PPF Vs Pension Plans:
If you are wondering where to invest and its come down to PPF or Pension plan. You are not alone ! There are many Indians who every year ask themselves the same question – should I go with Public Provident Fund (PPF) or invest in Pension Plans. Maybe this article will help you decide better.
What are Pension Plans:
Thinking about the money as a return when you’ll grow old? Yes, then you should explore pension plans for accumulating money and generating a regular income. The profits from investments in pension plans are paid out as regular or standard income after retirement.
National Pension Scheme (NPS):
The National Pension Scheme (NPS) was initiated by Indian Government and it is affected from 1st January, 2004. NPS was prepared to be accessible to all Indian citizens either on voluntary basis or compulsory for central government employees (with the exception of armed forces) who have joined their service on or after 1 January 2004. Anyone who is the citizen of India having the age between 18 and 60 can participate in this scheme.
The NPS scheme is launched in two parts;
Tier – 1 Account – This type account is obligatory for all Govt. sector employees. Under this scheme, Government employees will have to give a contribution of 10% of Basic Pay, DP and DA each month. Then the Government will also give the same contribution on his/her account.
Key points of this account for contribution:
- Least sum for contribution at the time of account opening -Rs.500/-
- Smallest sum for per contribution – Rs. 500/-
- Minimum balance at the end of financial year – Rs. 6000/-
- Minimum attempt of contributions in a fiscal year – 1.
Tier – 2 Account – In this type of account each individual can open account under this pension scheme. Government won’t do any contribution for this account.
Key points of this Tier 2 account as far as the contribution goes are:
- Minimum sum at the time of account opening -Rs.1000/-
- Smallest sum for per contribution – Rs. 250/-
- Minimum balance at the end of financial year- Rs. 2000/-
- Minimum number of contributions in a financial year – 1.
Understanding Public Provident Fund:
Public Provident Fund or PPF is known to most Indians as a ‘tax-saving’ saving instrument. It is the most profound exemption for tax. For people who have not a structured pension plan, PPF serves as a retirement income/saving plan for them. PPF is considered to be the reliable plan since the funding scheme is supported all by Government of India. Banks and post offices are the prospective places for an investor. An amount minimum of Rs. 500 and maximum of Rs. 100,000 is required to be deposited in a financial year.
A Brief Comparison between PPF & NPS:
||Anyone who is citizen of India, NRIs are not allowed to open PPF account.
||Anyone who is citizen of India, NRIs can also open NPS account.
||It can be opened in the name of a minor child by the parent or authorized custodian.
||You must have completed 18 years of age and not more than 60 years.
|Limits on Contribution in a Year
||Minimum: Rs. 500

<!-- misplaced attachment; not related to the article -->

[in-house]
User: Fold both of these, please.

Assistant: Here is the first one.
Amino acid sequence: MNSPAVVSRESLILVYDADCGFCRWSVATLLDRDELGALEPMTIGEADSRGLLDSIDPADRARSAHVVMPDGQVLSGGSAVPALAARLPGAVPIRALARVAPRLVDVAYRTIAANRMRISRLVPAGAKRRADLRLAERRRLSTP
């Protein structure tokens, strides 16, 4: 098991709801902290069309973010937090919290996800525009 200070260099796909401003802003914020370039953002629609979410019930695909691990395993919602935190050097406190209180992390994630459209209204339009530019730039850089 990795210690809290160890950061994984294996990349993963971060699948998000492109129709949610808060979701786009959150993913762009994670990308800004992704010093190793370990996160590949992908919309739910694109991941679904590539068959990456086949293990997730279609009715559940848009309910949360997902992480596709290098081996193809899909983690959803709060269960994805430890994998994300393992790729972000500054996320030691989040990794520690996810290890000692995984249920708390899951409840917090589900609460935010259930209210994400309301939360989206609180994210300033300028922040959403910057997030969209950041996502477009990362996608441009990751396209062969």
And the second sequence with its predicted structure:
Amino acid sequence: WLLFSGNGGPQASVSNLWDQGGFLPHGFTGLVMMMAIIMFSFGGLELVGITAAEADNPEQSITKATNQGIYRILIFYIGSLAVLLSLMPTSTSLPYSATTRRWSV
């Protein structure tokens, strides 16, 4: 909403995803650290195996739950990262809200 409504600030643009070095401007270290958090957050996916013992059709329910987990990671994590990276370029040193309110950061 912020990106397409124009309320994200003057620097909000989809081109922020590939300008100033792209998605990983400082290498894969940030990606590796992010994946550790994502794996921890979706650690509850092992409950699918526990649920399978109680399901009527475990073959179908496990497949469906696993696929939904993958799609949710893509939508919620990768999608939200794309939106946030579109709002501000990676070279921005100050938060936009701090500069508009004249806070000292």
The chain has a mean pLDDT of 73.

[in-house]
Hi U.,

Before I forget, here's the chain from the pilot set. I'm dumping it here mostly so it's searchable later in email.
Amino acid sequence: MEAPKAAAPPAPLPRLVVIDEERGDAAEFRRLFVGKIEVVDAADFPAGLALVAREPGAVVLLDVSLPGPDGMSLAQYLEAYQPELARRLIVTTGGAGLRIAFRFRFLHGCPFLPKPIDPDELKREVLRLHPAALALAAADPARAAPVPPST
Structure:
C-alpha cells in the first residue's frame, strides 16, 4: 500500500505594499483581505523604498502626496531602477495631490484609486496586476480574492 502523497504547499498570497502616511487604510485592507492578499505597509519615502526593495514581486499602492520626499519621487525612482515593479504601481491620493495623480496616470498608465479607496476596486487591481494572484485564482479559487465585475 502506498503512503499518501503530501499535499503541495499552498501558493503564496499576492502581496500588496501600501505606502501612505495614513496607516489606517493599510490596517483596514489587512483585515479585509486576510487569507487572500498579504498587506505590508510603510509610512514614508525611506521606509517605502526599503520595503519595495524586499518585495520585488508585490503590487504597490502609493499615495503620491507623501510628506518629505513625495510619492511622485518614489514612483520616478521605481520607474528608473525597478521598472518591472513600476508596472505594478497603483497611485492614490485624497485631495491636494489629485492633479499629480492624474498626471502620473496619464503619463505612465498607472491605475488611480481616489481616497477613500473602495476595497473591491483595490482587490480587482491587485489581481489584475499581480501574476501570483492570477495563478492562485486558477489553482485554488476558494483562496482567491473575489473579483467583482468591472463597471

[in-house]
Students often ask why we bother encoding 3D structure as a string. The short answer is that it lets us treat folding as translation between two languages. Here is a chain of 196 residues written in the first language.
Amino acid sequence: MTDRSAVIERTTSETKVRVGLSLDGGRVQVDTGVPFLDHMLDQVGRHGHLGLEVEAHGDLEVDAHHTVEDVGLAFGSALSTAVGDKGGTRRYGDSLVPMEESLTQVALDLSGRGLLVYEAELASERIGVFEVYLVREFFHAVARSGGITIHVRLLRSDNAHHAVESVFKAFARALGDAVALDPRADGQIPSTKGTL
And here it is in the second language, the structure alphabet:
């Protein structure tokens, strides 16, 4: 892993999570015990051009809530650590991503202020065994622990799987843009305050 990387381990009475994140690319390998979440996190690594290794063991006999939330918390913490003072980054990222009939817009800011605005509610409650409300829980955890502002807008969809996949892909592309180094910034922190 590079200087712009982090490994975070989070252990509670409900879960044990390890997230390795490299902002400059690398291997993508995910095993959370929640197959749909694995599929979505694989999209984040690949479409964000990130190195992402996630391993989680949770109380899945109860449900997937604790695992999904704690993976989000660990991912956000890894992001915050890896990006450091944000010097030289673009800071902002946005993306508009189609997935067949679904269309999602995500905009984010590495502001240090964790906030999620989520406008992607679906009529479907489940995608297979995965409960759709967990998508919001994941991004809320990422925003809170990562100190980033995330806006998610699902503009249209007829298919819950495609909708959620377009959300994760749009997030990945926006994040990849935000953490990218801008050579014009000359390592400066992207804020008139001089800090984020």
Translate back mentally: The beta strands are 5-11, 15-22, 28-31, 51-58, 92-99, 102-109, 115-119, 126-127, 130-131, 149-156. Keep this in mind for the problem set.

Maximum: Rs. 1 lakh
|Minimum: Rs. 6000
Maximum: No Limit (Subject to underwriting)
|Tax Allegation on Contributions
||All the contribution is tax exempted.
||The contribution made in NPS is deductible from the total income.
|Tax Allegation on Maturity Amount
||The entire amount is tax exempted.
||Maturity amount will be liable to deduct according to tax laws. Though, the cumulative deduction is fixed i.e. Rs.1 lakh.
|Rate of Returns
||In PPF, the rate of return is fixed and currently it is 8.6%.
||Returns from NPS may vary between 10 to 12 %. And there is no assured return and the actual return depends over the market situation.
Which is better – a PPF or a Pension Plan?
Most of the pension plans (nationalized or private) offer life coverage schemes as well. They also make available continuing returns where you can gain from the proficiency of companies. The investment value made in pension plans can be directly market-associated and can hence provide higher level of potential returns as compare to investments made in the PPF. Additional, the returning rate of income in case of PPF is not flat and can be easily altered anytime.
Before making any decision for your hard earning money, the plans and policies should be evaluated properly and revised twice with the words. Coming to the real scores, considering the very factual data and putting a high ray of focus on investments, returns, and continuity in coming income at your hand; pension plans are scoring more than ordinary savings such as PPFs. Since it does not assure any guaranteed return also the return amount is not fixed and may get fluctuate at any moment. Especially NPS (National Pension System) is fetching number of investor with all its true profitable outcomes. As an investor, it is always better to make a border line between the real savings and the future plans. The two should not be mixed and properly understood.
This article is part of our series on helping consumers understand the common investment/savings instruments available outside of stock markets. The series consists of :